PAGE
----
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In a momentous publication, Seamus Heaney’s translation of Book VI of the Aeneid, Virgil’s epic poem composed sometime between 29 and 19 BC, follows the hero, Aeneas, on his descent into the underworld. In Stepping Stones, a book of interviews conducted by Dennis O’Driscoll, Heaney acknowledged the importance of the poem to his writing, noting that ‘there’s one Virgilian journey that has indeed been a constant presence, and that is Aeneas’s venture into the underworld. The motifs in Book VI have been in my head for years – the golden bough, Charon’s barge, the quest to meet the shade of the father.’
In this translation, Heaney employs the same deft handling of the original combined with the immediacy of language and flawless poetic voice as was on show in his translation of Beowulf, a reimagining which, in the words of Bernard O’Donoghue, brought the ancient poem back to life in ‘a miraculous mix of the poem’s original spirit and Heaney’s voice’.
The Aeneid may come to be recognized as his finest translation of all, as well as the one most personal to him…It is Heaney’s passport to the literary future. Not that he needed one.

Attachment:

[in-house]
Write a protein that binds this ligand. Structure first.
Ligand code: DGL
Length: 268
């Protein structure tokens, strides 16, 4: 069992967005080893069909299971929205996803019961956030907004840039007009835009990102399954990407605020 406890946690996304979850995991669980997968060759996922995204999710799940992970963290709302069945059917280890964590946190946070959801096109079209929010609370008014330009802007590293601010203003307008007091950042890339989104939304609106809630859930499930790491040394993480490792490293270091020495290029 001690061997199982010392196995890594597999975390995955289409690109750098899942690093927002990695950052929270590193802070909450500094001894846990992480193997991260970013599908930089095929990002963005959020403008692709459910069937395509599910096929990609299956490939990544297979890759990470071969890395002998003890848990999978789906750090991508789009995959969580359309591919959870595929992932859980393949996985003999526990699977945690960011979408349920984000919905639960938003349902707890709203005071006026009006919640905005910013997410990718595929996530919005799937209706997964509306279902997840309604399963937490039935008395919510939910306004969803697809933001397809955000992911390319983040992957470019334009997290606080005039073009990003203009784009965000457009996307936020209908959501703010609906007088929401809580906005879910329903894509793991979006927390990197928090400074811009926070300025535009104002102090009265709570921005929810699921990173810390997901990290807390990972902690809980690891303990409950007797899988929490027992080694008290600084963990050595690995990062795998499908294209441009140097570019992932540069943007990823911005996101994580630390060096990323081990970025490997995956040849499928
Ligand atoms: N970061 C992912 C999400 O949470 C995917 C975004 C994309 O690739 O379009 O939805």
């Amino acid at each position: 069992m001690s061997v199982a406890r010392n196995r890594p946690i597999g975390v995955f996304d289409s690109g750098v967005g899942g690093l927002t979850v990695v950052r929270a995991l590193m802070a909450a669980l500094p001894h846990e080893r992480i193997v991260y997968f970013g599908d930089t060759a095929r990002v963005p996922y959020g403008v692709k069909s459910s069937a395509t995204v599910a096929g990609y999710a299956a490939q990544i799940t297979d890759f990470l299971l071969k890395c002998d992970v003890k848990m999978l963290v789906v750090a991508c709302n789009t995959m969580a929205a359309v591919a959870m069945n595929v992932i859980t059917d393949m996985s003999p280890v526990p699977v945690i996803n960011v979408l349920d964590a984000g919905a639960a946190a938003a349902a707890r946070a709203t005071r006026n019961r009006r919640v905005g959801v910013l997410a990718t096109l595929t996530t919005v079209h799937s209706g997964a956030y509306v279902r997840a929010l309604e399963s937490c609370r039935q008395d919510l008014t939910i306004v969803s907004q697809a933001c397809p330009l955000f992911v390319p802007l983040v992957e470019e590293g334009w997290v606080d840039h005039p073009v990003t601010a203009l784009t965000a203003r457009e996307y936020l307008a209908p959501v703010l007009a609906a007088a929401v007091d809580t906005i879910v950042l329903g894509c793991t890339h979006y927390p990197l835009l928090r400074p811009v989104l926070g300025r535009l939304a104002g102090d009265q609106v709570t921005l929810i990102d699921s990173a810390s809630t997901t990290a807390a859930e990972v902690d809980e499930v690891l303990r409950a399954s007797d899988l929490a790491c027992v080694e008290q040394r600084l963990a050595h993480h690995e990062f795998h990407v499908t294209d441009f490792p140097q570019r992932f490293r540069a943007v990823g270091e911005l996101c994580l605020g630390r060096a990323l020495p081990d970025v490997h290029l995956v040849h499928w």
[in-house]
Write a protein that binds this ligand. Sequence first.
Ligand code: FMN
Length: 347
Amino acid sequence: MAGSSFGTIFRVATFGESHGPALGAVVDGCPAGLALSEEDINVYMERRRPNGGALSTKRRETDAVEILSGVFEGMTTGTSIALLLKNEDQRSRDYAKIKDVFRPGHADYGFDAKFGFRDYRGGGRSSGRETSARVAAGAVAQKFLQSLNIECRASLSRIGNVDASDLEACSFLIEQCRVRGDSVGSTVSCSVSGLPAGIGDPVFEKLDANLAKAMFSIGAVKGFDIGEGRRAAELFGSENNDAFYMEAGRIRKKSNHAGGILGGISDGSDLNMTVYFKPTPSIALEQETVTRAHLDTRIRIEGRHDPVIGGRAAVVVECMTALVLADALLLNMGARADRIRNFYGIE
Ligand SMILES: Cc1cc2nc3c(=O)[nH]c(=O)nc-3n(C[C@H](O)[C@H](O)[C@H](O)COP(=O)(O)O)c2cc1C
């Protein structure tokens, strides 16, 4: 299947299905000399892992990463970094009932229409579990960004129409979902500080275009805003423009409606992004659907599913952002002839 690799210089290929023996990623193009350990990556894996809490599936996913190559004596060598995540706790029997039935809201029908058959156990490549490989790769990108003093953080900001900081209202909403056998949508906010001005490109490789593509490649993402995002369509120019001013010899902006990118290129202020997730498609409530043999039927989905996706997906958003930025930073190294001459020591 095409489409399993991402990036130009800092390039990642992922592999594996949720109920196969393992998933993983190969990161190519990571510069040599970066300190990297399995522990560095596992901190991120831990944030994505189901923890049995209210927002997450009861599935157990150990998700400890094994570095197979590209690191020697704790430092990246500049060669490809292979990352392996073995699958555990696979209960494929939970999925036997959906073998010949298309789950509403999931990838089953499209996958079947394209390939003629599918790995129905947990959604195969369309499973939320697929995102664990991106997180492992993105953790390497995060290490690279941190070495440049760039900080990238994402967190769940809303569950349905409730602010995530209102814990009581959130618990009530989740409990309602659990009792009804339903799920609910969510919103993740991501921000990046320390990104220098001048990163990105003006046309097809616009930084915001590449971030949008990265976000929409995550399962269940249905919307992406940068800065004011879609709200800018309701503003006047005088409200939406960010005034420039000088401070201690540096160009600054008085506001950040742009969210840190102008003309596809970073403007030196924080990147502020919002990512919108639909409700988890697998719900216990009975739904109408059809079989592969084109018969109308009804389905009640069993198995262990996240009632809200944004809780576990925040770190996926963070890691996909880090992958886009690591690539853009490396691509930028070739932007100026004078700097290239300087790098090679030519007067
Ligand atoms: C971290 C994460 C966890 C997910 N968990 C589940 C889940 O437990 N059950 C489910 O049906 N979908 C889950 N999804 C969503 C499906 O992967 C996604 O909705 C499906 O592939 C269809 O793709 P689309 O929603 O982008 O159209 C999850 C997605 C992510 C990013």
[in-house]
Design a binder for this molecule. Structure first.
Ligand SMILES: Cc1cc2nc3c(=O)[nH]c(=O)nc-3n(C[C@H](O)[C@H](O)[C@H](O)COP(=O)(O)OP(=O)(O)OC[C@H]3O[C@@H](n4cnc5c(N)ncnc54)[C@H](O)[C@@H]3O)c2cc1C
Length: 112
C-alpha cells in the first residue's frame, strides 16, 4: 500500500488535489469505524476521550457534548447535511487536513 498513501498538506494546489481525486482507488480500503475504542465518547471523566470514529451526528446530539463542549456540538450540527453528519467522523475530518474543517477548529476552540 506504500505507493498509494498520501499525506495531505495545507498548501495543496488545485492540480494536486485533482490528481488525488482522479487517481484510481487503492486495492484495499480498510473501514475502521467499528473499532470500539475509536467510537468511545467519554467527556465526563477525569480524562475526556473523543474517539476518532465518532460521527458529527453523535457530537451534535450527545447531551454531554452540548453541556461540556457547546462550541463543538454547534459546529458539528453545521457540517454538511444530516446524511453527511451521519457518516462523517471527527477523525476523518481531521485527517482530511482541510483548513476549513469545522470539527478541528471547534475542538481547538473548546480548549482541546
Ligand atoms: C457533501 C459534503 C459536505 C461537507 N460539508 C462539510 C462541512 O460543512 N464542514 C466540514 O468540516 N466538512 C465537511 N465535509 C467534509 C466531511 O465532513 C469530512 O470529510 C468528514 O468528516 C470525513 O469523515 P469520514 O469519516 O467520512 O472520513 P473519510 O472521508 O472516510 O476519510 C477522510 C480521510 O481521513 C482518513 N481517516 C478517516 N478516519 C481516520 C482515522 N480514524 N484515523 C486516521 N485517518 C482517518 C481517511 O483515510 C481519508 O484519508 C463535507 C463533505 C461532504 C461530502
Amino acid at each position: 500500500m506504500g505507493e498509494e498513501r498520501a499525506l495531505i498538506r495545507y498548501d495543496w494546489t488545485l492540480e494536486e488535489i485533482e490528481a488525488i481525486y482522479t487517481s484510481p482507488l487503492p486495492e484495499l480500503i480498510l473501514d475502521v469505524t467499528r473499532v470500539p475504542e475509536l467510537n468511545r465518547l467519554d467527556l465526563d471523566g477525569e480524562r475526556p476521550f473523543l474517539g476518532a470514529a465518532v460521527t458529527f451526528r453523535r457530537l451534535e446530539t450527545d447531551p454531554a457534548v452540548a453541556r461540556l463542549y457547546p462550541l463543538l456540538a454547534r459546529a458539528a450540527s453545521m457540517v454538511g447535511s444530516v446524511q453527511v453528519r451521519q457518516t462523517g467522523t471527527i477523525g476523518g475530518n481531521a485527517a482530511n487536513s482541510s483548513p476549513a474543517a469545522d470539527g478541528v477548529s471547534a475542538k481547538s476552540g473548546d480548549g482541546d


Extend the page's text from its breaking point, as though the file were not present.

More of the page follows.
Virgil’s classic was a touchstone to Heaney throughout his life. It is hard to think of a more apt way to mark the end of his own poetic journey than this posthumously published translation, worked on for 30 years, featuring Aeneas’s journey into the underworld.
With characteristic brilliance, Heaney refuses to let words and images not earn their keep. Some of his felicities he achieves simply by close translation from the Latin…Others he achieves through the imagination and the ear…Heaney has left us with this wonderful new translation of a classic.
[Heaney] brings the greatest aspect of the Aeneid into the sharpest possible focus. Which is to say: he makes impossible things seem human, and history seem personal.
This Aeneid is also driven by the pitch and the rhythms of the characteristic Heaney speaking voice. The words he uses often have a pleasingly home-spun, home-grounding feel to them…He cleaves beautifully to the concreteness of things…The reader can almost smell them, transported to the world of Aeneas and to Heaneyland too.
Rare is the translation that brings over into true poetry, as this one does, the words, the tone, the music of the original…just read it, and you know you are close to the poet with whom Heaney was living these last years.
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